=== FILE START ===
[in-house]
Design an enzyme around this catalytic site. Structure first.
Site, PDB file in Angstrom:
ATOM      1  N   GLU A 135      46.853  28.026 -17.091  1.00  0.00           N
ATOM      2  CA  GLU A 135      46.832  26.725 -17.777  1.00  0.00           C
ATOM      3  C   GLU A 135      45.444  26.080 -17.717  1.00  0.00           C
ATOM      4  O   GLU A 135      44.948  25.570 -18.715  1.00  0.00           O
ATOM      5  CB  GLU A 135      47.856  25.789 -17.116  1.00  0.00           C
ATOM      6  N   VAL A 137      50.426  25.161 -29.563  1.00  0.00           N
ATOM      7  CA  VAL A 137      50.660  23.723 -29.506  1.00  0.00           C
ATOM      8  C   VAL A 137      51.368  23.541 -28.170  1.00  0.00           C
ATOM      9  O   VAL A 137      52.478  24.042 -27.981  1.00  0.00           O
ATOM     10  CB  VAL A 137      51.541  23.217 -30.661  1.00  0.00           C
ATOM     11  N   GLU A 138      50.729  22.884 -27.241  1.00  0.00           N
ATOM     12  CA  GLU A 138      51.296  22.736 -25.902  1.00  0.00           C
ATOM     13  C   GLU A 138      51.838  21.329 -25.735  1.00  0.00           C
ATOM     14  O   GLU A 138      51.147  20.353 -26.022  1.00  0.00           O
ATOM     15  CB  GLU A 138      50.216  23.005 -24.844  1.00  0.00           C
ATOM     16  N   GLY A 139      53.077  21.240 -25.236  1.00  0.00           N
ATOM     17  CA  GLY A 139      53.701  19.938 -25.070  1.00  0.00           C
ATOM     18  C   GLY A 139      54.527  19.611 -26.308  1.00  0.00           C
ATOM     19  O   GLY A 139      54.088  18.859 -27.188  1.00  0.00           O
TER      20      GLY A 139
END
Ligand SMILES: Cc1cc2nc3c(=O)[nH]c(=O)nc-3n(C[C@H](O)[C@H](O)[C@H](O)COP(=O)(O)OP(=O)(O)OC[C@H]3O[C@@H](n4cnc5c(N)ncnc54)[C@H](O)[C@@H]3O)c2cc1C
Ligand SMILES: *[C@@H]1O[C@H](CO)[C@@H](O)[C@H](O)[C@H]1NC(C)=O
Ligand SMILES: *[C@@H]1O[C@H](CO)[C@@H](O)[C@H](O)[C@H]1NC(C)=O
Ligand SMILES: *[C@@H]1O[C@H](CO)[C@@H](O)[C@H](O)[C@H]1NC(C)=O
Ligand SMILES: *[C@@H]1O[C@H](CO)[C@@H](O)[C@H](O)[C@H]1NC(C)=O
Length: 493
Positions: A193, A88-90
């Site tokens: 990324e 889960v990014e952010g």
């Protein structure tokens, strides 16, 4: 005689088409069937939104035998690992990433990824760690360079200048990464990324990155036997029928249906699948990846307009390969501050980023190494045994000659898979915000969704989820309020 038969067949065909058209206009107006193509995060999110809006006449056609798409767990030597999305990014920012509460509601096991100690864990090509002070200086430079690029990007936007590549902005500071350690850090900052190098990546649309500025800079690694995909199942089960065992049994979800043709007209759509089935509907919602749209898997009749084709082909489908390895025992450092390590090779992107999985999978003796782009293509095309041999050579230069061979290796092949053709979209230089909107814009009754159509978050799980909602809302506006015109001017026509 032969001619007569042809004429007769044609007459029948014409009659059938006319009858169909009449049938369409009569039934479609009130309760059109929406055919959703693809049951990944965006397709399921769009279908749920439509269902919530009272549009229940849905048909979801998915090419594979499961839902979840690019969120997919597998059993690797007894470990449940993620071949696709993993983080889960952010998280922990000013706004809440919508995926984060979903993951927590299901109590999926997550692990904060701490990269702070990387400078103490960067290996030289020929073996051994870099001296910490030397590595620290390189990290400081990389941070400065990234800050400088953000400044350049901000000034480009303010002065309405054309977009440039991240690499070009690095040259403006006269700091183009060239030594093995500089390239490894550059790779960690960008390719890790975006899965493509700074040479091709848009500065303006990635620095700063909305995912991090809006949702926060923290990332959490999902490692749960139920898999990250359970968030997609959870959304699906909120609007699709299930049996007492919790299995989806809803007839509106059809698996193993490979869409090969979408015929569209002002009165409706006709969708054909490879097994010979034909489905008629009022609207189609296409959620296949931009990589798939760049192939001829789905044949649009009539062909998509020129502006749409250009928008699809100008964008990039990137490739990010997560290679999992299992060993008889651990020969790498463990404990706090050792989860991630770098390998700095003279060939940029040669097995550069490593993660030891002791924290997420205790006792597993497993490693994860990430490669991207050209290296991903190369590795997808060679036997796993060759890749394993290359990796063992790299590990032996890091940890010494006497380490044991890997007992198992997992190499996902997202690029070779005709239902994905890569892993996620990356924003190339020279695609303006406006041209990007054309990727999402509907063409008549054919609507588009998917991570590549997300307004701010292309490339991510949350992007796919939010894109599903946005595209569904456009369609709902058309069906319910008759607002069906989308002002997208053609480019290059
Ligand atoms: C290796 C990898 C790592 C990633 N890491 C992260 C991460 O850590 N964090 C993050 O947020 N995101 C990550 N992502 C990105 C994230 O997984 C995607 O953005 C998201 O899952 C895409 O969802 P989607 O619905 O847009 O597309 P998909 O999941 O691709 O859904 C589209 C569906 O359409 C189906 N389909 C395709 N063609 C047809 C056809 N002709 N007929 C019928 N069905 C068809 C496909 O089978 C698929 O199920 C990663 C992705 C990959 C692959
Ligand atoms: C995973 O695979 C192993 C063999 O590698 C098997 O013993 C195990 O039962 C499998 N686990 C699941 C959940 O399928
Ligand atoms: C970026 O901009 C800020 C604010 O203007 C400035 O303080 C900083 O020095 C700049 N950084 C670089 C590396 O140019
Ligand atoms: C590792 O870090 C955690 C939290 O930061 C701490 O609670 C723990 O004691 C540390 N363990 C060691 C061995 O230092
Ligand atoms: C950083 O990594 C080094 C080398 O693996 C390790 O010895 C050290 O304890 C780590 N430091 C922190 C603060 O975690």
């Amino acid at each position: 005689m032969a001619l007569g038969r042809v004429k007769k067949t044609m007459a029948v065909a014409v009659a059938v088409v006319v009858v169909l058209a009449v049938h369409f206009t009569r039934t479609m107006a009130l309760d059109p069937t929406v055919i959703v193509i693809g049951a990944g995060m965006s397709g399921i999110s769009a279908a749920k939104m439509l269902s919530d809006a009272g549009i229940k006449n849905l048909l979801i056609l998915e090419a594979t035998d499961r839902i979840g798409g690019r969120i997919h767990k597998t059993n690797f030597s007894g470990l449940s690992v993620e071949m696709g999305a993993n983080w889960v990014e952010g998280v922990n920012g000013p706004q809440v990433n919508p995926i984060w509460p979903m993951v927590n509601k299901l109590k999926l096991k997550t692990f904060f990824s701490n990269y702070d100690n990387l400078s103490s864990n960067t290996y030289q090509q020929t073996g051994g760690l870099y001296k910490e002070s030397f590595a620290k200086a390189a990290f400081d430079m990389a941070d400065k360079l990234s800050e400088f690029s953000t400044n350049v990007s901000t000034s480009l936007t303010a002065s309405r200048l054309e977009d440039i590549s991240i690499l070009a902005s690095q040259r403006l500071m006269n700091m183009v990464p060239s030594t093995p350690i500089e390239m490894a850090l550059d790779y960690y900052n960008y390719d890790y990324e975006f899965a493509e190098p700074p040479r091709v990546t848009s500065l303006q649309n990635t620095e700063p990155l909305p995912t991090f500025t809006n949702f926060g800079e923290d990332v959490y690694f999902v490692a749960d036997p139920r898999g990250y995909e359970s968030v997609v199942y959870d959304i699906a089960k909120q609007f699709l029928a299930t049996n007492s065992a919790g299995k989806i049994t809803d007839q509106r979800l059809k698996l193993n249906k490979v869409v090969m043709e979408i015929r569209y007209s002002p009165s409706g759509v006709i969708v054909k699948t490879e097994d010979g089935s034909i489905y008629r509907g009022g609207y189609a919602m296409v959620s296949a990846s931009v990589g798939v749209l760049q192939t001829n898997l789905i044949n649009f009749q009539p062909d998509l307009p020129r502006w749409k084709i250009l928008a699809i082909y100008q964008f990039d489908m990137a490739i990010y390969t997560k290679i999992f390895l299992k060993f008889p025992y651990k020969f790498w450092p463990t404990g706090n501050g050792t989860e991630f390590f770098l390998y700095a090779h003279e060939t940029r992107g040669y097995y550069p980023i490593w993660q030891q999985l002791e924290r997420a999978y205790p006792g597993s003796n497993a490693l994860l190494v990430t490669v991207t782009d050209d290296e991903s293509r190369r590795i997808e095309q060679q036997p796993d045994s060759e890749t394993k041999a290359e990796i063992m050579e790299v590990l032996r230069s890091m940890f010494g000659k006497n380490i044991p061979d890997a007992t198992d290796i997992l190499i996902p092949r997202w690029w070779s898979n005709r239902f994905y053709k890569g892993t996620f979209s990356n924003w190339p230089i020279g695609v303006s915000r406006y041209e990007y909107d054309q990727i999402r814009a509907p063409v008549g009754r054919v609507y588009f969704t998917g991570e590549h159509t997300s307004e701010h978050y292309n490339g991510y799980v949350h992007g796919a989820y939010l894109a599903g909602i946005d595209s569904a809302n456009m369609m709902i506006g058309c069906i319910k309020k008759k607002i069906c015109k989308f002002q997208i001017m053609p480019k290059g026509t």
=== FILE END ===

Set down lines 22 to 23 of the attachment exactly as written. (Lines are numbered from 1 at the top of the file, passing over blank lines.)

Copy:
ATOM     19  O   GLY A 139      54.088  18.859 -27.188  1.00  0.00           O
TER      20      GLY A 139